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Discussion Starter · #1 ·
Hello folks. I have a nicely restored 72 nova that is great on exterior and interior, however the engine and engine bay need to be painted. Motor would need to be pulled obviously. Is my best option to find an engine builder who could do this for me? Any suggestions would be helpful. I am also in the Northern VA area an if anyone has any referrals that would be awesome. Any input on cost would also be appreciated!,
 

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Maybe to save some money and make for an easier/cleaner job for someone else once you find someone to do the work you are wanting is to clean the motor bay yourself using spray on engine cleaners, simple green, some old paint brushes to loosen things up and then if things look rusty or like it might be a bear to take some nuts and bolts loose,spray on some penetrating oil and let it soak and reapply and see if you can crack the bolts and nuts loose and then tighten them back down.

If you have a decent camera and phone take more pictures than you think you might need to where later if you wonder how something goes back together you can refer to some pictures you took.

On my 68 a while back I did an in car motor repaint on one side and when I took the distributor cap off I referenced with a stick how the rotor was pointing as well as fabbed up a socket and extension to reference where the vacuum advance was at. When it came time to put things back together I referred to my pictures and later the car fired right back up like it was never taken apart.

Another thing is if you are keeping originality with nuts, bolts, or whatever being in different spots maybe take one bold out at a time to clean it and on my car I wire wheeled things as far as the bolt heads and threads to clean things up.

If when cleaning you come across any factory marks like firewall markings, paint markings (inspection marks) on suspension parts, and so on document these things.

Like they say the car is only original once and the better you document things the better for later on down the road.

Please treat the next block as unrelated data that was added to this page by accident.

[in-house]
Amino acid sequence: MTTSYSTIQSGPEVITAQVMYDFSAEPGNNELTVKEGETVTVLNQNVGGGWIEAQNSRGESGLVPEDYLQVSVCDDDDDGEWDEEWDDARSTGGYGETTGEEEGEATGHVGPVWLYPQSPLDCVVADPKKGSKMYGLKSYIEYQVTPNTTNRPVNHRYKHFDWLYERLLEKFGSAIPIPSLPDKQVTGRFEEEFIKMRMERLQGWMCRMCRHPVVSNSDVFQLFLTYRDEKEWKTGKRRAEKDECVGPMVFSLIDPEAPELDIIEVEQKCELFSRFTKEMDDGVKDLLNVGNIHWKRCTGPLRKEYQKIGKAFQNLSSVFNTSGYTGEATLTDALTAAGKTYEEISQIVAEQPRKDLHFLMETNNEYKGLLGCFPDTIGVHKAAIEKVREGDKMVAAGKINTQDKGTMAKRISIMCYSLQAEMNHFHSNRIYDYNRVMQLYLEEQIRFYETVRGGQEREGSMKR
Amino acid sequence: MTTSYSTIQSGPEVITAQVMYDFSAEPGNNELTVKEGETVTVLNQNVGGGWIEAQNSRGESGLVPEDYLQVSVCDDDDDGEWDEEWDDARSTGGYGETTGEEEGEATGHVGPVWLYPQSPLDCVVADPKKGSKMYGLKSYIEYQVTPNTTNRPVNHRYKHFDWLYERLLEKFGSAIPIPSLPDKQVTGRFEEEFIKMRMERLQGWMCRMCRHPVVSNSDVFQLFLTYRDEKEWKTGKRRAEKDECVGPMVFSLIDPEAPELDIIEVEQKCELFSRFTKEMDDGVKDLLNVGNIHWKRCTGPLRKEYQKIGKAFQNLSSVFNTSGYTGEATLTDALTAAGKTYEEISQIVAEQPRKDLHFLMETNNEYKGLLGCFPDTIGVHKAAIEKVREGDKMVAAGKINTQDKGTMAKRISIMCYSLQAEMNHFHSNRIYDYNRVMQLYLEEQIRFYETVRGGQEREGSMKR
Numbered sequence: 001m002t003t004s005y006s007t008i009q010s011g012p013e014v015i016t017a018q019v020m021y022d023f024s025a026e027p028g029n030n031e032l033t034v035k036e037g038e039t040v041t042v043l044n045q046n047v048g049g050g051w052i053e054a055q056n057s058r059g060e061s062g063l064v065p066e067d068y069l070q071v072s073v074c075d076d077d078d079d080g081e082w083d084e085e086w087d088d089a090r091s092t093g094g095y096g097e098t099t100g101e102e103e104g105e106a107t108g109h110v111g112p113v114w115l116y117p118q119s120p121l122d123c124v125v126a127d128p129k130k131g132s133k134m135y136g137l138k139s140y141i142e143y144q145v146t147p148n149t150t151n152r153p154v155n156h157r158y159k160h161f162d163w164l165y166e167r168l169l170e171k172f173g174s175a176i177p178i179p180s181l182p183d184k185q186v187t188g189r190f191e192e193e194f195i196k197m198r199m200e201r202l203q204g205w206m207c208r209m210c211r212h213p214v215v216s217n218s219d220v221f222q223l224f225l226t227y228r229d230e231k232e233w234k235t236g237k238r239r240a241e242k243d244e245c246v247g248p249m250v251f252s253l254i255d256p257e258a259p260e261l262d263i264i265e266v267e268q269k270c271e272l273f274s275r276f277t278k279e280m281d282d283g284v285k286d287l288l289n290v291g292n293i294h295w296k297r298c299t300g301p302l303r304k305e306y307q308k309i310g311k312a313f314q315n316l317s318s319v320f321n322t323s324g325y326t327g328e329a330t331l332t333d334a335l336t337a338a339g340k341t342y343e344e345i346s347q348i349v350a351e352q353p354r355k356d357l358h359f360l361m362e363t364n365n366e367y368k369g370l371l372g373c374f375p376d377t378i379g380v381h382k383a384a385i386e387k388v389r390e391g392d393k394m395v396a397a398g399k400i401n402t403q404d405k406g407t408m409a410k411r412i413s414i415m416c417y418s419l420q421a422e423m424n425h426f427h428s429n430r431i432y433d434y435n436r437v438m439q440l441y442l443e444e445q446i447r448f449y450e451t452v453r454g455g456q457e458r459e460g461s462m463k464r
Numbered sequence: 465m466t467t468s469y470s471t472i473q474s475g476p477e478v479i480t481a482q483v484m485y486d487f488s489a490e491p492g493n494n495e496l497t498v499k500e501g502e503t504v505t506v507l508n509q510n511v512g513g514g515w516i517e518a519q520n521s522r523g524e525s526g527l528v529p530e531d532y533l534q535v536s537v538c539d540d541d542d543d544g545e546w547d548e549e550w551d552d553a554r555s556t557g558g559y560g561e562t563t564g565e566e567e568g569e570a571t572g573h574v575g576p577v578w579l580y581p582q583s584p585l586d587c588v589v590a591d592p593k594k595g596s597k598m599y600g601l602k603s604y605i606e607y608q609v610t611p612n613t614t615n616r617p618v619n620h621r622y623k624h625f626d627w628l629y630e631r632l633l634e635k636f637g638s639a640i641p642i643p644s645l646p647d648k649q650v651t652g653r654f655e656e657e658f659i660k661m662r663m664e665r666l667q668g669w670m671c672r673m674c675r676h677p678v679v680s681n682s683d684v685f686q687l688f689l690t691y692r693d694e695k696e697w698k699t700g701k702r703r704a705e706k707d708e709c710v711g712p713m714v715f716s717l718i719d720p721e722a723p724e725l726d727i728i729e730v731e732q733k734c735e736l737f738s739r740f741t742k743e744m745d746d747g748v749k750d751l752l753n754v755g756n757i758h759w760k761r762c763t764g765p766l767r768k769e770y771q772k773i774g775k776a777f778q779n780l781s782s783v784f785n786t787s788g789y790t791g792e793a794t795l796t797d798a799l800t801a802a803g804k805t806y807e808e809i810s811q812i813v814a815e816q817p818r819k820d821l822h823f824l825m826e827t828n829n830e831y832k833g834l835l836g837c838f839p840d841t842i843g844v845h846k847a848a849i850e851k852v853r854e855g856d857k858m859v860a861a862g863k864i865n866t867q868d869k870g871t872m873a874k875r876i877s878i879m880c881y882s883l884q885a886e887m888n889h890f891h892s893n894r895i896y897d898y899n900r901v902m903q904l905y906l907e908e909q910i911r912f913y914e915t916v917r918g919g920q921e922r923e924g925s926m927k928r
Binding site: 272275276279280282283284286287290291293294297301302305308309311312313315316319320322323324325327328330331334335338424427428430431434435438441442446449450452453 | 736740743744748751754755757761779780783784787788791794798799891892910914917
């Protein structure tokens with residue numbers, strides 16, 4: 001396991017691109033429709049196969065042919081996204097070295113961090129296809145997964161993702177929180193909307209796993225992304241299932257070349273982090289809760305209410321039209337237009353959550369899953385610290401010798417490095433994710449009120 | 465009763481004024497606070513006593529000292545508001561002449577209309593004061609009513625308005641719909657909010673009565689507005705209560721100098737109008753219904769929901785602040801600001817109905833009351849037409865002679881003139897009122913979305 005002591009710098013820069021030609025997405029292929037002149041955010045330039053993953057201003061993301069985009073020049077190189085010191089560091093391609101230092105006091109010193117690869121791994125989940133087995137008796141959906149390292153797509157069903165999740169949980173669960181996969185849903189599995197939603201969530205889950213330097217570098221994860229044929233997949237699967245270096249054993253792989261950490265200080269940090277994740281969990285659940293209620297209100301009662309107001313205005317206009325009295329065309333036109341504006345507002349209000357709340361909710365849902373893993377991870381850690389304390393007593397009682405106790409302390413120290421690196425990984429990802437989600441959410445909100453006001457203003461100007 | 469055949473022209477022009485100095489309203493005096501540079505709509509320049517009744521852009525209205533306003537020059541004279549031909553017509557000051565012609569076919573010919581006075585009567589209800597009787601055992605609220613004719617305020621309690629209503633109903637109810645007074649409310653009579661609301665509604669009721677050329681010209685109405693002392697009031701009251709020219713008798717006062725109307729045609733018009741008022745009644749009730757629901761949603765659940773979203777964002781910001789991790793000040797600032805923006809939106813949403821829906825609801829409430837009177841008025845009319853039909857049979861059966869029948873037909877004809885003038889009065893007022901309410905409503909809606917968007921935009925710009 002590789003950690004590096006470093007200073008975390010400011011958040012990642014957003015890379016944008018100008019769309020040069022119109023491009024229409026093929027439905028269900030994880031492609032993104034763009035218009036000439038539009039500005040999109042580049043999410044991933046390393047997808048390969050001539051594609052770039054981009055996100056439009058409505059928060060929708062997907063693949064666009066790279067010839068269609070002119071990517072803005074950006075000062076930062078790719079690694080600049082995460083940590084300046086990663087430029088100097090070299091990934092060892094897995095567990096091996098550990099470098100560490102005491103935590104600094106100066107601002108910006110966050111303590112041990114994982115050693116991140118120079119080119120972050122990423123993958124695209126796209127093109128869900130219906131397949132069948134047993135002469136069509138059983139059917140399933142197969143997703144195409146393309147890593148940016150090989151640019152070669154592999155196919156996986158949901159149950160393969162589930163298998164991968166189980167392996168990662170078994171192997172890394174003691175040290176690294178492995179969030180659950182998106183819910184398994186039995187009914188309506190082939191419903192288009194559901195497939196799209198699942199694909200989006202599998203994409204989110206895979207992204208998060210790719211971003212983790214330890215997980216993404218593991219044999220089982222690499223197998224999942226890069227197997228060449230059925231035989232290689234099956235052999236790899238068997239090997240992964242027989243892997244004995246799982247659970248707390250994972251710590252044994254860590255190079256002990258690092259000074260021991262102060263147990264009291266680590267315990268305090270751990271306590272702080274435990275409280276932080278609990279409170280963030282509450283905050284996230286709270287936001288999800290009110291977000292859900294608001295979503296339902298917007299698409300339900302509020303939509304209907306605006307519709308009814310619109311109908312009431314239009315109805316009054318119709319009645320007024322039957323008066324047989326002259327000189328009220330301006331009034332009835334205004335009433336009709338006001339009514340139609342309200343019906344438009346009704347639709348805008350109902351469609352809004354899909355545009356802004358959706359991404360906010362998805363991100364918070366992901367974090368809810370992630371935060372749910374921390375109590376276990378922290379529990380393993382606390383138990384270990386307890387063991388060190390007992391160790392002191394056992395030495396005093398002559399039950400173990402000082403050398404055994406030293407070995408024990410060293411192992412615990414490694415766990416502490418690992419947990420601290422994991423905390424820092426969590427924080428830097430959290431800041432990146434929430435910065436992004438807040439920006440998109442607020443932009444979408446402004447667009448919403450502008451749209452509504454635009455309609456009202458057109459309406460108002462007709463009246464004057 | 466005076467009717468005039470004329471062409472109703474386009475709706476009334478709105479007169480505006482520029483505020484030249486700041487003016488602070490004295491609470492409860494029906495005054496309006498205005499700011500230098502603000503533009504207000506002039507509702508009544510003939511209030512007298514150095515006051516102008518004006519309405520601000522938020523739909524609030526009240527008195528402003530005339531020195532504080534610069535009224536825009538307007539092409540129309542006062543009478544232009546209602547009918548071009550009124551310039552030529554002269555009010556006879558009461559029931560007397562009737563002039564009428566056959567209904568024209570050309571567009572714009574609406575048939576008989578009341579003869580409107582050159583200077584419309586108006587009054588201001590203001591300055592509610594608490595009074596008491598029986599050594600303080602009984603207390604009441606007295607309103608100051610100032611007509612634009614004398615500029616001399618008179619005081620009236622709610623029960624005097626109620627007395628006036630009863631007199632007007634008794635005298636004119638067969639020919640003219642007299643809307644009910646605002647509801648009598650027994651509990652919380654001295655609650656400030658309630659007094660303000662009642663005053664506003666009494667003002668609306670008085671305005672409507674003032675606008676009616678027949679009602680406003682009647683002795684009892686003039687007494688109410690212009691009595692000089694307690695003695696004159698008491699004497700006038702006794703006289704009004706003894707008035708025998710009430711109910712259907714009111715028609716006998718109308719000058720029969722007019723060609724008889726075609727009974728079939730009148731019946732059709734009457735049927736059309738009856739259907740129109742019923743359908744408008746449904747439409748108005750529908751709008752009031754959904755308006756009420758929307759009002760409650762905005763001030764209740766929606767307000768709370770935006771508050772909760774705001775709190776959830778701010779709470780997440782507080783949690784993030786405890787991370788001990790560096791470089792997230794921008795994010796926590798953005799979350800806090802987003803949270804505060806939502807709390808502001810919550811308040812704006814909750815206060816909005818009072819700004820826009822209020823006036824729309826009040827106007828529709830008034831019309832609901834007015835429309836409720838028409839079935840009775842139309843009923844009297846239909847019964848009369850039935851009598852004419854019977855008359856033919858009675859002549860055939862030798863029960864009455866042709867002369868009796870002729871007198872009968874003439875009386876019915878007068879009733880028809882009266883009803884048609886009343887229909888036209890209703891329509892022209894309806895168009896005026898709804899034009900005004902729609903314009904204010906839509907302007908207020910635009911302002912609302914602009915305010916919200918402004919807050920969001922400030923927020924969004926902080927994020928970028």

Another thing is some parts are not readily available so get a list going of hoses you need, hose clamps, gaskets, and so on to check availability. Nothing worse than needing a specific part only to find out you need it today and it's not available for another 6 weeks or so.

The 2022 touch up on my 68:


And this was from 9 years ago and some newer years showing what I started with and cleaning up my engine bay:


Jim
 

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Hello folks. I have a nicely restored 72 nova that is great on exterior and interior, however the engine and engine bay need to be painted. Motor would need to be pulled obviously. Is my best option to find an engine builder who could do this for me? Any suggestions would be helpful. I am also in the Northern VA area an if anyone has any referrals that would be awesome. Any input on cost would also be appreciated!,
I don't know about Northern Virginia, but around here, North Georgia, engine builders want the engine out of the car when you bring it to them.

Who will you have doing the painting? If it's a body and paint shop, perhaps you could arrange for a "mobile mechanic" to do the work on site, in the storage lot at the body/paint shop. Otherwise, it's either a do-it-yourself job at home, or get a mobile mechanic to do it at your home, or take it to a repair/service shop and have the engine pulled out there, then have the car trailered/towed to the body/paint shop.
 

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Discussion Starter · #5 ·
Thanks so much for the input guys. It is much appreciated. I can imagine painting the in-line six in place might be easier then an 8. It may be a task I am willing to take on myself then.
Jim, your under the hood in place paint job looks awesome. I will review and review again the steps you took. Thanks for taking the time to share.
Racer X, that’s kind of what I was wondering, if I had someone do it I would assume a speed shop of some sorts might take on the job but I’m sure at a cost!
 

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Do you have a body/paint shop picked out to do the paint work under the hood? You can ask them who they recommend.

Also check "yourmechanic.com" or search for "mobile mechanic near me" to find other mobile mechanics.

As always, check references, get quotes/estimates from several before making a final decision.
 

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The V8's will have less room to get in there and do things with it in place.

On my 73 I have had the motor out a bunch and it's not that involved and years ago you could rent engine hoists at the local auto parts stores but those days may be long gone. Today you can buy them at a decent price but get a decent model.

If you are unsure, maybe see if a buddy that has pulled GM motors before can lend you a hand or look over your shoulder to guide you.

Jim